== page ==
In a resent article from Oklahoma, the city fire marshal and the city public schools have agreed on a six year $2.7 million dollar deal to bring the schools up to code. In Oklahoma City only a dozen schools currently meet the required fire codes. Less than a dozen have active and passive fire suppression, detection and notification systems. 88% of the schools require upgrades, and buildings that are multi-story, with younger and handicapped students, partial alarm systems, and limited access to fire suppression forces will get the upgrade first. Wow, now does that scare you?
Oh, it is in Oklahoma, not my neighborhood, right? Think again. This could be any school that our children attend.
In news article released in November 2000 a figure showed that fires in schools causes about $15.9 million per year. The figure has grown since the 1995-96 figures were released showing only &7.5 million in damage. There are approximately 8,200 school fires a year in the United States. An average of 190 children are killed or injured, every year in these fires. These numbers are comparable with the ford/firestone number. So far 200 people have died and another 200 have been injured due to tire failure. We have seen the public outrage over this, and the news media has gone full tilt on this story, but what about public outrage and media coverage about the kids that are either killed or injured as a result of fire at schools?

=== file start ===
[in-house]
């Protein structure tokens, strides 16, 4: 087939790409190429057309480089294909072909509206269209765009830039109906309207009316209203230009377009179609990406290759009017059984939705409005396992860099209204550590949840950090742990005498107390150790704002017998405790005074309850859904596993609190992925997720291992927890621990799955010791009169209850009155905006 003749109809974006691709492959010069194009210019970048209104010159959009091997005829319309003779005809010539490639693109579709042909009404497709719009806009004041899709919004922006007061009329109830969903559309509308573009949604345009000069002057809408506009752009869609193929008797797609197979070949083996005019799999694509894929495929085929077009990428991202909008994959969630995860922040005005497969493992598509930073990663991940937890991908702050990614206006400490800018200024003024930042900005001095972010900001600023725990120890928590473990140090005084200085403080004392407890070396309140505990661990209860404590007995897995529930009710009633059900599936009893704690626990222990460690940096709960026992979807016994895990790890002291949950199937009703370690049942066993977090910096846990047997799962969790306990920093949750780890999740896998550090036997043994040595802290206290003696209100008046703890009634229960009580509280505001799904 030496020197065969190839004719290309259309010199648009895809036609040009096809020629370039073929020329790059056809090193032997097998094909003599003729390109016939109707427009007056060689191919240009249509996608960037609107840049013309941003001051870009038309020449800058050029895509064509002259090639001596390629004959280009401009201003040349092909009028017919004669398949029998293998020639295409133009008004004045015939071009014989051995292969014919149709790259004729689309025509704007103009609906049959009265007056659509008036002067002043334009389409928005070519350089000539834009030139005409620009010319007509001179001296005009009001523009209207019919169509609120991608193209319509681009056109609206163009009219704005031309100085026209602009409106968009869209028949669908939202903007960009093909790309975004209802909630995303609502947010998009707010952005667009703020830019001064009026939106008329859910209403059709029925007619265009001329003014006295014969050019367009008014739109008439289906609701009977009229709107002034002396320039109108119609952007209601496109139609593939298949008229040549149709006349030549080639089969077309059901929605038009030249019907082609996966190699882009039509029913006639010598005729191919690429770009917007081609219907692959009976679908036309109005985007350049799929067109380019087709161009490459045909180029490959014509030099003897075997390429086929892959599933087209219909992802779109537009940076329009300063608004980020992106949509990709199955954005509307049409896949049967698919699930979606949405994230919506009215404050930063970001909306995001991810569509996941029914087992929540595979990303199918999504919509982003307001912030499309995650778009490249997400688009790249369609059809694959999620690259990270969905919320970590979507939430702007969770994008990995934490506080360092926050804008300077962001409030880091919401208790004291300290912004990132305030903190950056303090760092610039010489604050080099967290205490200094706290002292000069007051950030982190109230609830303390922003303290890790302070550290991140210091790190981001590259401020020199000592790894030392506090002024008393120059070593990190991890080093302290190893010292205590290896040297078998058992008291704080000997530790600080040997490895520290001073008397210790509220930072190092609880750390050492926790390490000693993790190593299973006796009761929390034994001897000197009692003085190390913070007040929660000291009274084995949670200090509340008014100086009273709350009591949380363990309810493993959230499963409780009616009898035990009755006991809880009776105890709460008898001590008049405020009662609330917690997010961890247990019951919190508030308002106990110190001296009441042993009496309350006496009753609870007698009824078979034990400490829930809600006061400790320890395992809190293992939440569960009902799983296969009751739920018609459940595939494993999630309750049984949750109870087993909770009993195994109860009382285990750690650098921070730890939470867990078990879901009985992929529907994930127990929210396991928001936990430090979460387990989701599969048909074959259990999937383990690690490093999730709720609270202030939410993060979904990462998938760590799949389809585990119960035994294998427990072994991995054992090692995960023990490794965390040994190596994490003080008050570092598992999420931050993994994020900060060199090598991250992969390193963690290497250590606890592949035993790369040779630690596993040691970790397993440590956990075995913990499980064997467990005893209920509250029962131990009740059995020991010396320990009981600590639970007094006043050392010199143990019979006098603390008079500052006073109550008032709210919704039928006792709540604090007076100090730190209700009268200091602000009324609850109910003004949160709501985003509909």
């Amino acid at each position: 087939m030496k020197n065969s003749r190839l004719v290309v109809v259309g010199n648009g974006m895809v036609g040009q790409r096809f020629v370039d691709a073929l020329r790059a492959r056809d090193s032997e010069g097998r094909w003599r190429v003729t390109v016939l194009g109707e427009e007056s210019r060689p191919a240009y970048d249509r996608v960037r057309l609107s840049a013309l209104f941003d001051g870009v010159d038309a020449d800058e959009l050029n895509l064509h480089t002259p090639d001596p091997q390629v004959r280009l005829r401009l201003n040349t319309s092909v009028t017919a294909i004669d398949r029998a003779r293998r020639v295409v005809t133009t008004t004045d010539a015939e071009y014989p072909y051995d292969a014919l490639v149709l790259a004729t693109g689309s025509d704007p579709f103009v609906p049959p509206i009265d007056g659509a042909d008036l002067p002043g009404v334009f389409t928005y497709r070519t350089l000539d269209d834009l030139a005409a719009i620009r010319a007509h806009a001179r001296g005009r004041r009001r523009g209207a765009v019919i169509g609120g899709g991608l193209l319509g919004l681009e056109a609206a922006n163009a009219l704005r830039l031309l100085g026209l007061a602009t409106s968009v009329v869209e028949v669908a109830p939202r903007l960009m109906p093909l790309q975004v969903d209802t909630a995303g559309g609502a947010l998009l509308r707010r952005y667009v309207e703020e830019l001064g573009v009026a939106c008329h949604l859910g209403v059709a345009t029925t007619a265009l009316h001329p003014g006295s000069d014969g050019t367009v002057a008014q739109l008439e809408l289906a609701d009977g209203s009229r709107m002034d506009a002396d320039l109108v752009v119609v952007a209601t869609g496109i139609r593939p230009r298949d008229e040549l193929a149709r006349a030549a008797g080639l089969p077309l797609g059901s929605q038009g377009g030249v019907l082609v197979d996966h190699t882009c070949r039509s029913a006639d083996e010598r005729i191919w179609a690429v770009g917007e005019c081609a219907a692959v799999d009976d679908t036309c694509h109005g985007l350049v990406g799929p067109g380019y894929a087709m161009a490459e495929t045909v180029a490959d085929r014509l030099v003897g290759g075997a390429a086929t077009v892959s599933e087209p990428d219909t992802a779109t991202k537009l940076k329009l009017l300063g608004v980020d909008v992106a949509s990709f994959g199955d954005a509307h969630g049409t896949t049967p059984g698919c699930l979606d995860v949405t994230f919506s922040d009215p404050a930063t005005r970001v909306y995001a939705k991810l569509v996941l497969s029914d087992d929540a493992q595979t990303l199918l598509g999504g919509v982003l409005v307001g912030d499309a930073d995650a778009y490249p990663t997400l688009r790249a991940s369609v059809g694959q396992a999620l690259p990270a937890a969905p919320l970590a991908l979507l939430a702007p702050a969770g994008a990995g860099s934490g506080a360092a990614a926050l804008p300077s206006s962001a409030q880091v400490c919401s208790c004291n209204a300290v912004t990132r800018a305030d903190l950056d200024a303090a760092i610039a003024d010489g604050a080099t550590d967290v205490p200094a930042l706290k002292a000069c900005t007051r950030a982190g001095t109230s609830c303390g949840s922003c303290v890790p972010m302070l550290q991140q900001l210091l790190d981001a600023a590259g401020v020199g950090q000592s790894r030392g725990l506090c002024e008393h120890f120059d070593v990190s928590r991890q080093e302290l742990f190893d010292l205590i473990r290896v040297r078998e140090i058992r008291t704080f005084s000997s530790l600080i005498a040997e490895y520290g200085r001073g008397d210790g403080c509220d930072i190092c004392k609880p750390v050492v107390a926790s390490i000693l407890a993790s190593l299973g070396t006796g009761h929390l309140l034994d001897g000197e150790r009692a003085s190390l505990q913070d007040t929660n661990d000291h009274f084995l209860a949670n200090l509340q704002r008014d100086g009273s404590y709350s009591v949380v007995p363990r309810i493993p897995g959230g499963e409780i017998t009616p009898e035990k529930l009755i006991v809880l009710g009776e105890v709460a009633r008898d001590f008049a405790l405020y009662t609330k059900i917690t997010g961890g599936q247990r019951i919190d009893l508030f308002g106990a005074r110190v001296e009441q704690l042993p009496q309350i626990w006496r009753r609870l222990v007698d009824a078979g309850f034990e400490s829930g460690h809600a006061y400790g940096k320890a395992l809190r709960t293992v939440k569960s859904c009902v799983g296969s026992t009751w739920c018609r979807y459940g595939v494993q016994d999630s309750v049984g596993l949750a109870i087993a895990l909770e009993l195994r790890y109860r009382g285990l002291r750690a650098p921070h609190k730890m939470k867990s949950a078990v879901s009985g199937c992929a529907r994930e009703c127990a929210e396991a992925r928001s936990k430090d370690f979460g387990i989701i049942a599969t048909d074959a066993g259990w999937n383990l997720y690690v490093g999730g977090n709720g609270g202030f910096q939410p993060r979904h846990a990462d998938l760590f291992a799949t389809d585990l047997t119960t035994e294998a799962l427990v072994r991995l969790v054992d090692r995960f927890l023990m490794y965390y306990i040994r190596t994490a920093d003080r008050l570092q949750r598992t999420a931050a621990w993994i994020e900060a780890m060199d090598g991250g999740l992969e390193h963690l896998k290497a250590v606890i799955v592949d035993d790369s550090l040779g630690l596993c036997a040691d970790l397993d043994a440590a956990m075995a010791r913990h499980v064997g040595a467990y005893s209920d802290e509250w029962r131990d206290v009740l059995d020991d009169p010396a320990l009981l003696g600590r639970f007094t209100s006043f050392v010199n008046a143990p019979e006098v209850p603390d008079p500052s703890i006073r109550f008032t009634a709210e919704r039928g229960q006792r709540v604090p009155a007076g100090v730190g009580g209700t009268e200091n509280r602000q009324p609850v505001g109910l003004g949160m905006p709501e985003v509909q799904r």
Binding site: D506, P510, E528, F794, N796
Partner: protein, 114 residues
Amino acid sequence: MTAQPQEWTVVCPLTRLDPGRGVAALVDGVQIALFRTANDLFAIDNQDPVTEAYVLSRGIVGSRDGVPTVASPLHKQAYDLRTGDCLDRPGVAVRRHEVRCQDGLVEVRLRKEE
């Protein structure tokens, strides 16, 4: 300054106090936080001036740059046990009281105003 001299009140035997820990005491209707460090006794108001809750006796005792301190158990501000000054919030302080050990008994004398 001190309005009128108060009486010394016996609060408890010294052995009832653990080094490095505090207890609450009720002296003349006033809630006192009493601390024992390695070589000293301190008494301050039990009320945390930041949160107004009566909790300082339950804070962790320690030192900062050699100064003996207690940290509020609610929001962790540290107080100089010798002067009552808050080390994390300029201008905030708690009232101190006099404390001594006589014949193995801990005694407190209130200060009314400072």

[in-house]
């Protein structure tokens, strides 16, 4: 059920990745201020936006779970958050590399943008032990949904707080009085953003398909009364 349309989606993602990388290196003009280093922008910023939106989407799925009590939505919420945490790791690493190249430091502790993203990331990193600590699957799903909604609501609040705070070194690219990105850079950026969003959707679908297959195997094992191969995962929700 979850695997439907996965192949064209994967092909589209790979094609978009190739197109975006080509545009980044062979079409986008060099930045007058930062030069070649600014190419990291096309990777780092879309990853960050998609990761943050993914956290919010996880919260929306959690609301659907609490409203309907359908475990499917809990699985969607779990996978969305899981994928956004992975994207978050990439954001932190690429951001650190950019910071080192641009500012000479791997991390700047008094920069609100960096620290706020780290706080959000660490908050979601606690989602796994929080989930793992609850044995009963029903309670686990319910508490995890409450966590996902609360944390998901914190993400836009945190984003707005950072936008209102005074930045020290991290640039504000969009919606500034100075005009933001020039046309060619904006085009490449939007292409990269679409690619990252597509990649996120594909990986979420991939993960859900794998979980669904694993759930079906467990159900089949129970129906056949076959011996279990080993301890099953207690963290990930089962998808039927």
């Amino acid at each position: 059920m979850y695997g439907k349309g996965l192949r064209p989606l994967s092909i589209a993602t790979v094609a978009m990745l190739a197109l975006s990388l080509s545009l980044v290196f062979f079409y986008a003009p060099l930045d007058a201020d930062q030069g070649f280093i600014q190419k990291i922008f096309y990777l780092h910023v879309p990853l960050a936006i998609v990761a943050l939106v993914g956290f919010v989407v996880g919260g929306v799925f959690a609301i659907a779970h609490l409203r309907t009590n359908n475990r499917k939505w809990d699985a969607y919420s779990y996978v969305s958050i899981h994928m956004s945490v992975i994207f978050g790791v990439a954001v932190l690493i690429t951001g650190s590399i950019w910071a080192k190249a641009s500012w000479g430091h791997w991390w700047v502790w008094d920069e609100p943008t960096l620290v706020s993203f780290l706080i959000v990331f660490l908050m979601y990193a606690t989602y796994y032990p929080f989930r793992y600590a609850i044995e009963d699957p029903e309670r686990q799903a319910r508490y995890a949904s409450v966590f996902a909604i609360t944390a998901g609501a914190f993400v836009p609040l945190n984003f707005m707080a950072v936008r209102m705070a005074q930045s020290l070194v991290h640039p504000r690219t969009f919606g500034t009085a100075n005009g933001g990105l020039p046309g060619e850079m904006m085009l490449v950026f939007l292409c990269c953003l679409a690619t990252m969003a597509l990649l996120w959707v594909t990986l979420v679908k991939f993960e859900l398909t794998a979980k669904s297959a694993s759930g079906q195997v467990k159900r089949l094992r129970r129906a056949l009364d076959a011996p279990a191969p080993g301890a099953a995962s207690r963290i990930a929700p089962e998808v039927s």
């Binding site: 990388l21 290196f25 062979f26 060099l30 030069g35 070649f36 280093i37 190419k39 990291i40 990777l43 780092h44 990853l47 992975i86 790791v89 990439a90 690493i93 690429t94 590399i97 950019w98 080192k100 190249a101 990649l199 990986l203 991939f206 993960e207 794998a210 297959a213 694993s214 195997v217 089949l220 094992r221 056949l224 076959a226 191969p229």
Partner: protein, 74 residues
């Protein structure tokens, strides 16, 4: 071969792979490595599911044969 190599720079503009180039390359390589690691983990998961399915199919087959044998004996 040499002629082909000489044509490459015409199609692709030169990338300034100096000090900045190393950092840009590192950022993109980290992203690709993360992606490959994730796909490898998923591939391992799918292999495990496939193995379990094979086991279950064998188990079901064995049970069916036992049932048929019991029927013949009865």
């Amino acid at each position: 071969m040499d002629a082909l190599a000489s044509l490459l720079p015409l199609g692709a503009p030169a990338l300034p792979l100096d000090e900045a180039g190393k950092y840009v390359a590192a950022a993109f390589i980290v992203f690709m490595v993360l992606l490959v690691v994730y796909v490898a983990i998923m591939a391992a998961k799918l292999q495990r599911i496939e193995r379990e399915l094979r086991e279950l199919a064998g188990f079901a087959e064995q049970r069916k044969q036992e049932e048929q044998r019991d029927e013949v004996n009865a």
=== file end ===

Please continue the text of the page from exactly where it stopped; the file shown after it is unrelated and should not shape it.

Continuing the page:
On December first of 1958 “A great and indescribable horror” transpired in a Chicago school. Fire in a Catholic elementary school would change how life safety, fire detection and suppression issues were viewed in our schools. The “Our Lady of the Angels” fire killed 90 students and three nuns. Two other students would die some months later due to complications from burns bring the total to 92 students. One hundred and sixty children were saved that day. A shockwave was sent across the nation and throughout local school boards as word spread of the children’s deaths. Back then people were in disbelief about how a fire could spread so quickly and take so many young children. Even today that disbelief still exist among the survivors. The reality is that it did, and this event changed many people’s lives forever. Could “Murphy’s Law”, cause the same incident today? Quite possibly, if all the right factors were in place as they were on that fateful day in Chicago.